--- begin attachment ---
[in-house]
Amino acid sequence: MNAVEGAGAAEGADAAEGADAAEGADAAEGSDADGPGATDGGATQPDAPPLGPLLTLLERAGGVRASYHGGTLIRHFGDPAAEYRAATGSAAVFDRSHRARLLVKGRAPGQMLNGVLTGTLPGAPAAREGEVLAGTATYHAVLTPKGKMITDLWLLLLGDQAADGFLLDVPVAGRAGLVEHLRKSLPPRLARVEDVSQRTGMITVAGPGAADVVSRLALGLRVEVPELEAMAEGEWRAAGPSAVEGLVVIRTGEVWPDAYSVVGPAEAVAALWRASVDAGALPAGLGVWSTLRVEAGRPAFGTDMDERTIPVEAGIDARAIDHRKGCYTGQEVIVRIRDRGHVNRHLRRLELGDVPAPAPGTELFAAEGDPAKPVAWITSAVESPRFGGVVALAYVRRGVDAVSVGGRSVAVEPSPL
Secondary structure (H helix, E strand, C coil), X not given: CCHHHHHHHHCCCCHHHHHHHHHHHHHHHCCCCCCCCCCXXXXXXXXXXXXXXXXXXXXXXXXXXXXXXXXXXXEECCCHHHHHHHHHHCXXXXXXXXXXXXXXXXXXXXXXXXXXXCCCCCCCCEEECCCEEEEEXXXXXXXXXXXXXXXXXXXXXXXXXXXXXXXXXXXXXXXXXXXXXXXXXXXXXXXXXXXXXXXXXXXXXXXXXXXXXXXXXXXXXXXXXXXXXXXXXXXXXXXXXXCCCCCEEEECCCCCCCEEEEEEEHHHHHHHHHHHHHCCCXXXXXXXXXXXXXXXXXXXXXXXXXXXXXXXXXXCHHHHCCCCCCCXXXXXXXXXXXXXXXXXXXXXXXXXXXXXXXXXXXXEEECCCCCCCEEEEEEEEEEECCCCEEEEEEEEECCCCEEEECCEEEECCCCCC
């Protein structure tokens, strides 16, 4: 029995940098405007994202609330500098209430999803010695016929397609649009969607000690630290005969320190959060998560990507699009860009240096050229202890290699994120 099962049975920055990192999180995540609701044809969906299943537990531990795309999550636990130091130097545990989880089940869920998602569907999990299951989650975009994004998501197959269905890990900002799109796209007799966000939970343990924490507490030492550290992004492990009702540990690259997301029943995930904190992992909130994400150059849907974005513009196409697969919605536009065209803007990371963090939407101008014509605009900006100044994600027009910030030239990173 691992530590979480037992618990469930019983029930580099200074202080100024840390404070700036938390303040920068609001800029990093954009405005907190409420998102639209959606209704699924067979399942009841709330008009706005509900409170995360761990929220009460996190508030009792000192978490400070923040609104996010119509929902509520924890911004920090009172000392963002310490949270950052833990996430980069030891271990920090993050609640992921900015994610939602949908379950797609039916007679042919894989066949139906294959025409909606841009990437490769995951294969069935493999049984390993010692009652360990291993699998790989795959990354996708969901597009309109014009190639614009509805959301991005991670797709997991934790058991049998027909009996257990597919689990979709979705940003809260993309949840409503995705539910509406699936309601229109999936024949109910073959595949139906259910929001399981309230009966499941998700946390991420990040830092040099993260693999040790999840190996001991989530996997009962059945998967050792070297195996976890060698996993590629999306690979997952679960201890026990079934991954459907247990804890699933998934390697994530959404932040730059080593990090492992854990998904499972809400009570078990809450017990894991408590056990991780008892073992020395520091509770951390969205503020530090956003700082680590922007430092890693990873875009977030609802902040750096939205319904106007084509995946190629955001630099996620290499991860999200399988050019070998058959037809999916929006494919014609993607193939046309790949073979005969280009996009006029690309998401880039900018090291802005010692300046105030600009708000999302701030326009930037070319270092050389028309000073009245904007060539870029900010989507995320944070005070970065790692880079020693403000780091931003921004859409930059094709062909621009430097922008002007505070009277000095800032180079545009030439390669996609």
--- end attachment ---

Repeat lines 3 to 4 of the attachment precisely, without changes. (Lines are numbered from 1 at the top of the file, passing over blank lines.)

Secondary structure (H helix, E strand, C coil), X not given: CCHHHHHHHHCCCCHHHHHHHHHHHHHHHCCCCCCCCCCXXXXXXXXXXXXXXXXXXXXXXXXXXXXXXXXXXXEECCCHHHHHHHHHHCXXXXXXXXXXXXXXXXXXXXXXXXXXXCCCCCCCCEEECCCEEEEEXXXXXXXXXXXXXXXXXXXXXXXXXXXXXXXXXXXXXXXXXXXXXXXXXXXXXXXXXXXXXXXXXXXXXXXXXXXXXXXXXXXXXXXXXXXXXXXXXXXXXXXXXXCCCCCEEEECCCCCCCEEEEEEEHHHHHHHHHHHHHCCCXXXXXXXXXXXXXXXXXXXXXXXXXXXXXXXXXXCHHHHCCCCCCCXXXXXXXXXXXXXXXXXXXXXXXXXXXXXXXXXXXXEEECCCCCCCEEEEEEEEEEECCCCEEEEEEEEECCCCEEEECCEEEECCCCCC
């Protein structure tokens, strides 16, 4: 029995940098405007994202609330500098209430999803010695016929397609649009969607000690630290005969320190959060998560990507699009860009240096050229202890290699994120 099962049975920055990192999180995540609701044809969906299943537990531990795309999550636990130091130097545990989880089940869920998602569907999990299951989650975009994004998501197959269905890990900002799109796209007799966000939970343990924490507490030492550290992004492990009702540990690259997301029943995930904190992992909130994400150059849907974005513009196409697969919605536009065209803007990371963090939407101008014509605009900006100044994600027009910030030239990173 691992530590979480037992618990469930019983029930580099200074202080100024840390404070700036938390303040920068609001800029990093954009405005907190409420998102639209959606209704699924067979399942009841709330008009706005509900409170995360761990929220009460996190508030009792000192978490400070923040609104996010119509929902509520924890911004920090009172000392963002310490949270950052833990996430980069030891271990920090993050609640992921900015994610939602949908379950797609039916007679042919894989066949139906294959025409909606841009990437490769995951294969069935493999049984390993010692009652360990291993699998790989795959990354996708969901597009309109014009190639614009509805959301991005991670797709997991934790058991049998027909009996257990597919689990979709979705940003809260993309949840409503995705539910509406699936309601229109999936024949109910073959595949139906259910929001399981309230009966499941998700946390991420990040830092040099993260693999040790999840190996001991989530996997009962059945998967050792070297195996976890060698996993590629999306690979997952679960201890026990079934991954459907247990804890699933998934390697994530959404932040730059080593990090492992854990998904499972809400009570078990809450017990894991408590056990991780008892073992020395520091509770951390969205503020530090956003700082680590922007430092890693990873875009977030609802902040750096939205319904106007084509995946190629955001630099996620290499991860999200399988050019070998058959037809999916929006494919014609993607193939046309790949073979005969280009996009006029690309998401880039900018090291802005010692300046105030600009708000999302701030326009930037070319270092050389028309000073009245904007060539870029900010989507995320944070005070970065790692880079020693403000780091931003921004859409930059094709062909621009430097922008002007505070009277000095800032180079545009030439390669996609």